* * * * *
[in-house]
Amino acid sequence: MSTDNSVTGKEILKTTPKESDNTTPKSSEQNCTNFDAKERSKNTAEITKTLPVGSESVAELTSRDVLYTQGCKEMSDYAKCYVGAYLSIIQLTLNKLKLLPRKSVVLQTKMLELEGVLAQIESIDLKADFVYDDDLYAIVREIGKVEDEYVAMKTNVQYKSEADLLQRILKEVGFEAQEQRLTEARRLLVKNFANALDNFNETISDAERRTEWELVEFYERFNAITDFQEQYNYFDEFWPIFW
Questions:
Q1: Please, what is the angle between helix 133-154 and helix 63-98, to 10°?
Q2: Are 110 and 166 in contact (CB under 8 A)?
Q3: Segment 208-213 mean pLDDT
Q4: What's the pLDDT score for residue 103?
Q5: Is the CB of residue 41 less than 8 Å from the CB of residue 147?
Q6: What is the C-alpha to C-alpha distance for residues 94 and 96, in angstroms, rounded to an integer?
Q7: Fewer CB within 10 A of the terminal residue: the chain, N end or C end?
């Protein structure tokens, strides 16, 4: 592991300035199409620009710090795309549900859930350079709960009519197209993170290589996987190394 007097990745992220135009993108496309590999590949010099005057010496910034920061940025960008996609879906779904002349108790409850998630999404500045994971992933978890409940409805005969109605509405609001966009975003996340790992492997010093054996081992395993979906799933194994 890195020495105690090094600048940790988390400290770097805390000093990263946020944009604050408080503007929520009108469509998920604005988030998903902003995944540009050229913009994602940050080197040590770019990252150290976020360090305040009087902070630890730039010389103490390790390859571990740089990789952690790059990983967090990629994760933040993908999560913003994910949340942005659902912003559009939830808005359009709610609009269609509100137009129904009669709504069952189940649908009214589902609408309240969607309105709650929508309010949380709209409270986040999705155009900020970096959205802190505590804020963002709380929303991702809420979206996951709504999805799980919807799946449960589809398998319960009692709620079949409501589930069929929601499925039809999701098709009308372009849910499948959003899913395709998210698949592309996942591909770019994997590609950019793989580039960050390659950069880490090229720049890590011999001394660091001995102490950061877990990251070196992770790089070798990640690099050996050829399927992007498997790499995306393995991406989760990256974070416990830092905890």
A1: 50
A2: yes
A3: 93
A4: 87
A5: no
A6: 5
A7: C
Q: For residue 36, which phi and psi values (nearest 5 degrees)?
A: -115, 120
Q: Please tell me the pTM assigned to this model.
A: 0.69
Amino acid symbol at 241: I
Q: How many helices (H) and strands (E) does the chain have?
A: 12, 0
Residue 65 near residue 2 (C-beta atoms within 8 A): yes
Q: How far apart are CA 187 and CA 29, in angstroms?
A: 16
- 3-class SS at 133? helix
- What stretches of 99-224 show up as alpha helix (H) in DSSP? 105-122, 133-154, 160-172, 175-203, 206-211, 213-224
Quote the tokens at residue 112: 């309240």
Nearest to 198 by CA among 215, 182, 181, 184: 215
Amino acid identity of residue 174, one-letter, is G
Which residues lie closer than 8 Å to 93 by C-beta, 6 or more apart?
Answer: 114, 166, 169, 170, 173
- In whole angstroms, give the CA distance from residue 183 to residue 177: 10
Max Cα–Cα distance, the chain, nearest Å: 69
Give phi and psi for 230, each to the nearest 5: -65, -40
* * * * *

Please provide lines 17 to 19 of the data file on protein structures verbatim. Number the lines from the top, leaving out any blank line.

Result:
A6: 5
A7: C
Q: For residue 36, which phi and psi values (nearest 5 degrees)?